The Wedding Journey by Carla KellyCarla Kelly, The Wedding Journey: Kelly often writes about soldiers and doctors in the Napoleonic period; her current series focuses on naval officers. But this novel is a particular favorite of mine because it’s a great and realistic adventure story. The hero, Jesse, is an army surgeon serving with Wellington. He’s been in love with the heroine, Nell, for years, but doesn’t dare approach her until she needs protection, and he offers her marriage. Nell thinks Jesse married her out of pity; Jesse is too shy to tell her about his love for her. Shortly afterward, they are separated from the army during a retreat. Their wedding journey is a harrowing, grinding slog across Portugal with only two army privates for protection. Most of the story is from Jesse’s point of view, as he is forced to uncover his own courage and leadership skills amid a series of difficult moral decisions, as Nell gradually discovers that she is in love with the man he’s become. It’s an intense, absorbing book, and one of my favorites.


Victoria Janssen is the author of three erotic novels and numerous short stories. Her latest novel is The Duke and The Pirate Queen from Harlequin Spice. Follow her on Twitter: @victoriajanssen or find out more at

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Louise Partain
1. Louise321
While I agree with the M Balogh and S Enoch choices having read and enjoyed them (although Enoch's story is set in the post Waterloo London) I regret the leaving off of two personal favorites -- Georgette Heyer's An Infamous Army, one of the best researched historical accounts of Waterloo I have read and a very realistic love story and Shattered Rainbows, by Mary Jo Putney, with the same realistic confusion of the actual battle from a civilian point of view along with a wider view of the nursing of the injured that is shown in Slightly Tempted.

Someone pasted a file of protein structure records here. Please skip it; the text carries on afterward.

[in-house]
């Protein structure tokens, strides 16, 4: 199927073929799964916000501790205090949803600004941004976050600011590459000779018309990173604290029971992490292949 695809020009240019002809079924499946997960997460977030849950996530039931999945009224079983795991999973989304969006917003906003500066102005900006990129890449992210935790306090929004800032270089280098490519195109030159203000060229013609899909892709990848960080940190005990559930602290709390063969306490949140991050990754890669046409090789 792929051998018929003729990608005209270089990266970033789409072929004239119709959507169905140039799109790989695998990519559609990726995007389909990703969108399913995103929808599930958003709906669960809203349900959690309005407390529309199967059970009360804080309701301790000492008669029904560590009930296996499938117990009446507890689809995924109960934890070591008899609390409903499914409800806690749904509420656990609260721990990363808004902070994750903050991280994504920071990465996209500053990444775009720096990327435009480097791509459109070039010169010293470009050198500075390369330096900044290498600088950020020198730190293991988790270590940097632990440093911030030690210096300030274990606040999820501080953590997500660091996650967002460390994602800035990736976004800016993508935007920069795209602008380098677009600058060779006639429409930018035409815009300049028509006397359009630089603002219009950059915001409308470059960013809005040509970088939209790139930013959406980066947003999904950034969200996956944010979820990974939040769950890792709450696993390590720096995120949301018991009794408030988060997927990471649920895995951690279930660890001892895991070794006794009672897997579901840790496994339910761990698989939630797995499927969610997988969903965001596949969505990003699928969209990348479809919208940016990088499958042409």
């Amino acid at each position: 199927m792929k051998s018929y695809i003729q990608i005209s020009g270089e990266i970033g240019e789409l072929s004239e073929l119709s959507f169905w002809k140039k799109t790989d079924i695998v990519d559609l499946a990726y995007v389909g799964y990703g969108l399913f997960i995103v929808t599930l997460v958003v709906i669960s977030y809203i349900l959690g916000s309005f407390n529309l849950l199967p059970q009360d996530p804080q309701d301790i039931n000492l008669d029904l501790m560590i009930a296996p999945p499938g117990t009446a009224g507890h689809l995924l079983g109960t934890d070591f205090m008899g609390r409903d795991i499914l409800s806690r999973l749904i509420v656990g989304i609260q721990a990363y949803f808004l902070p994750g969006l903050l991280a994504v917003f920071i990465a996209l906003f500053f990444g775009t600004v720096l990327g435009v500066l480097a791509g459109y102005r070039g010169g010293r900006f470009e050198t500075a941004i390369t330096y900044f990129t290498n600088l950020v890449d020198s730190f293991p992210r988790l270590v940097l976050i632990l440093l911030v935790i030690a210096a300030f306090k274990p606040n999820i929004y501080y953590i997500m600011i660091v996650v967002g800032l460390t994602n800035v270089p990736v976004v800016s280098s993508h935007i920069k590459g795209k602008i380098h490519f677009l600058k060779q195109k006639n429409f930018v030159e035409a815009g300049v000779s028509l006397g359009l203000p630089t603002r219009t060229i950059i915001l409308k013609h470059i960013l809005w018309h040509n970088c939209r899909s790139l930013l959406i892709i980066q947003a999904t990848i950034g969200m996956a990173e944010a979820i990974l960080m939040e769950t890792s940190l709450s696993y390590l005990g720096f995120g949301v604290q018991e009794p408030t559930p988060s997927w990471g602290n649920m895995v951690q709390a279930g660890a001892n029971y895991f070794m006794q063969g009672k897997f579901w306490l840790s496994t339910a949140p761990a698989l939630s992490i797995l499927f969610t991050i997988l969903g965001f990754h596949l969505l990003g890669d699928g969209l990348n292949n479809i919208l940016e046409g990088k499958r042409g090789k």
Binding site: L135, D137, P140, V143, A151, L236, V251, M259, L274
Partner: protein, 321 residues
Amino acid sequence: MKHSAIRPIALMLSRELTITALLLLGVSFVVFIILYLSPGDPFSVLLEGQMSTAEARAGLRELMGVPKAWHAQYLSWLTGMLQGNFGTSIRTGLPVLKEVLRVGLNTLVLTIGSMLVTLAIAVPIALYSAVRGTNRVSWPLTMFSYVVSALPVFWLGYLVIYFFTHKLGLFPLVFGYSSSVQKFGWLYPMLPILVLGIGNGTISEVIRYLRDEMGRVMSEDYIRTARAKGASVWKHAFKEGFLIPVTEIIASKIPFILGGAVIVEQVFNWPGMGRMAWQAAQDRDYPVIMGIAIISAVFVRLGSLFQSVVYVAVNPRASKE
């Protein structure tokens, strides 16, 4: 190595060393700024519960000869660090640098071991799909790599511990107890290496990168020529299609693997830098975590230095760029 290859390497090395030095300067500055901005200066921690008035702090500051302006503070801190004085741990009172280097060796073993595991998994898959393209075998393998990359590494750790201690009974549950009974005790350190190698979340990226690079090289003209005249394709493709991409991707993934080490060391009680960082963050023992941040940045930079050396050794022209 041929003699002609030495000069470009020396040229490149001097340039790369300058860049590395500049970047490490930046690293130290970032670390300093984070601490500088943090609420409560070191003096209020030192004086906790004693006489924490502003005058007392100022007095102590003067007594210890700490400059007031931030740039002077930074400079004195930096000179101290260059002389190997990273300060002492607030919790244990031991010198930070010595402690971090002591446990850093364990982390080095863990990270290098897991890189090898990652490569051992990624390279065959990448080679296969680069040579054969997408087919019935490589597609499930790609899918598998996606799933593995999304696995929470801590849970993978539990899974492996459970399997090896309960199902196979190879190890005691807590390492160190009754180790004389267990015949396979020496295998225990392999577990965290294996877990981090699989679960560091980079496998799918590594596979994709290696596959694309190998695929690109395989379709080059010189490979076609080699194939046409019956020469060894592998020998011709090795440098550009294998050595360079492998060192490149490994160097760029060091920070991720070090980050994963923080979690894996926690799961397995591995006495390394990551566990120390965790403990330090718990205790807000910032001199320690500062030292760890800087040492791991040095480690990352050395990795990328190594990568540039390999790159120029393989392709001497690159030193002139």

Carmen Pinzon
2. bungluna
I second 'Shattered Rainbows'. While the love story therein is not my favorite of this series, I loved the first half of the novel and its vivid account of the days leading up to the battle of Waterloo.
Susanna Fraser
3. Susanna Fraser
Thirding the love for Shattered Rainbows. I still haven't read An Infamous Army, but I enjoyed The Spanish Bride.
Victoria Janssen
4. VictoriaJanssen
@Louise321 & @Bungluna & @Susanna Fraser I must admit I almost added Shattered Rainbows to this list; Putney's River of Fire almost made it, as well. Maybe I should have done a list of ten! I also considered @Susanna Fraser's novel The Sergeant's Lady because the hero is not an officer (it reminded me a little of Carla Kelly's work).

It would be interesting to see what a wide range of readers chose for their top five.

I don't consider An Infamous Army to be a romance in the strictest sense - I think of it more as a historical novel.
5. Syl
I am glad you included Nita Abrams and Carla Kelly. I really liked Abrams' The Spy's Bride.
Louise Partain
6. Louise321
@VictoriaJanssen Maybe I am from an older generation but I found the love story fit right in with the historical setting. The fact that Babs is a spoiled flirt who fights her attraction to the stalwart Col. Charles Audley across the stage of pre-battle Brussels and that the characters lose loved ones and in the end carry forth scars of battle makes the love story richer.
Of course, the extended title is "A Novel of Wellington, Waterloo, Love and War" so I suppose your consideration is just.
Susanna Fraser
7. Susanna Fraser
@VictoriaJanssen I didn't want to toot my own horn by mentioning my book, but thanks for tooting it for me. ;-)

I think I could write Napoleonic Wars stories for the rest of my life and never get tired of it. I'm working on a novella set right after the Battle of Salamanca where both the hero and heroine are commoners, and my next romance project after that is going to be a Waterloo novel.